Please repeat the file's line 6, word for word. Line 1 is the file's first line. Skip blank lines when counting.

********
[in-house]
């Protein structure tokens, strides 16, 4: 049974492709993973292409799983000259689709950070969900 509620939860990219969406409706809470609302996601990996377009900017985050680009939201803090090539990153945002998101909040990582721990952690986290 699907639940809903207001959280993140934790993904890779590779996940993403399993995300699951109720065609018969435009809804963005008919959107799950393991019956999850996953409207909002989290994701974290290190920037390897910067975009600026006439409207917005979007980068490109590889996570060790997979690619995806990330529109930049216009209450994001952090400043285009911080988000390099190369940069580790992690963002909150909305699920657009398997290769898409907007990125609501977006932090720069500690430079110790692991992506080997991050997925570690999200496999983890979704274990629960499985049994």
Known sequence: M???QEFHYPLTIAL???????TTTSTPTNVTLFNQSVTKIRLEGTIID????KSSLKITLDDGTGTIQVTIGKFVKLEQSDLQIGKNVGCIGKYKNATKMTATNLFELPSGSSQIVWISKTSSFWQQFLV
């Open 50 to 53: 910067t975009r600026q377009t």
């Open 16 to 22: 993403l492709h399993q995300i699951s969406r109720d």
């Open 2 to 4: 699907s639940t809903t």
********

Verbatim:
């Open 2 to 4: 699907s639940t809903t």